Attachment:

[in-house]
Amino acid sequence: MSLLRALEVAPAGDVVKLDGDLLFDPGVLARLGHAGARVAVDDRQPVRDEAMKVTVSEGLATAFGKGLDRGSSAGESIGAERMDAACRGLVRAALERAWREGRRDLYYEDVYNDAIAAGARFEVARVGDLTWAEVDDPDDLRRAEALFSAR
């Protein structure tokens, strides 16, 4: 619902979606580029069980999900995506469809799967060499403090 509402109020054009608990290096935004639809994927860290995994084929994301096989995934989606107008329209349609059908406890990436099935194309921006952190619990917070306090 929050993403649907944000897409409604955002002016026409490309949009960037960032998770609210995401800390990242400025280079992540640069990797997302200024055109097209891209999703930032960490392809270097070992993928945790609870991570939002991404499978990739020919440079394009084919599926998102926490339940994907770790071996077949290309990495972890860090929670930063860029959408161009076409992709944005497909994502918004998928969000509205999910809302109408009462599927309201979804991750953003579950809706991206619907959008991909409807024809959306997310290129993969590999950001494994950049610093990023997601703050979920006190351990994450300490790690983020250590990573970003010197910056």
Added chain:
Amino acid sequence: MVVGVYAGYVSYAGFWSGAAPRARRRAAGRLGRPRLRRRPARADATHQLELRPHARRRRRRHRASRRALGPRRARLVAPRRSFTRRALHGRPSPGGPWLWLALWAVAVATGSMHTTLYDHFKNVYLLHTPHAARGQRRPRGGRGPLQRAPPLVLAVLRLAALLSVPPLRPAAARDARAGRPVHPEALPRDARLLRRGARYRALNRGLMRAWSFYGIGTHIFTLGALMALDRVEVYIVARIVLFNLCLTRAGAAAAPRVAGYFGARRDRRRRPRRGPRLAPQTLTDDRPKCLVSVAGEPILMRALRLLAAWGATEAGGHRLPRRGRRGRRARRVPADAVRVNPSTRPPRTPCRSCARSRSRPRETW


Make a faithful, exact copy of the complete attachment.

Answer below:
[in-house]
Amino acid sequence: MSLLRALEVAPAGDVVKLDGDLLFDPGVLARLGHAGARVAVDDRQPVRDEAMKVTVSEGLATAFGKGLDRGSSAGESIGAERMDAACRGLVRAALERAWREGRRDLYYEDVYNDAIAAGARFEVARVGDLTWAEVDDPDDLRRAEALFSAR
């Protein structure tokens, strides 16, 4: 619902979606580029069980999900995506469809799967060499403090 509402109020054009608990290096935004639809994927860290995994084929994301096989995934989606107008329209349609059908406890990436099935194309921006952190619990917070306090 929050993403649907944000897409409604955002002016026409490309949009960037960032998770609210995401800390990242400025280079992540640069990797997302200024055109097209891209999703930032960490392809270097070992993928945790609870991570939002991404499978990739020919440079394009084919599926998102926490339940994907770790071996077949290309990495972890860090929670930063860029959408161009076409992709944005497909994502918004998928969000509205999910809302109408009462599927309201979804991750953003579950809706991206619907959008991909409807024809959306997310290129993969590999950001494994950049610093990023997601703050979920006190351990994450300490790690983020250590990573970003010197910056």
Added chain:
Amino acid sequence: MVVGVYAGYVSYAGFWSGAAPRARRRAAGRLGRPRLRRRPARADATHQLELRPHARRRRRRHRASRRALGPRRARLVAPRRSFTRRALHGRPSPGGPWLWLALWAVAVATGSMHTTLYDHFKNVYLLHTPHAARGQRRPRGGRGPLQRAPPLVLAVLRLAALLSVPPLRPAAARDARAGRPVHPEALPRDARLLRRGARYRALNRGLMRAWSFYGIGTHIFTLGALMALDRVEVYIVARIVLFNLCLTRAGAAAAPRVAGYFGARRDRRRRPRRGPRLAPQTLTDDRPKCLVSVAGEPILMRALRLLAAWGATEAGGHRLPRRGRRGRRARRVPADAVRVNPSTRPPRTPCRSCARSRSRPRETW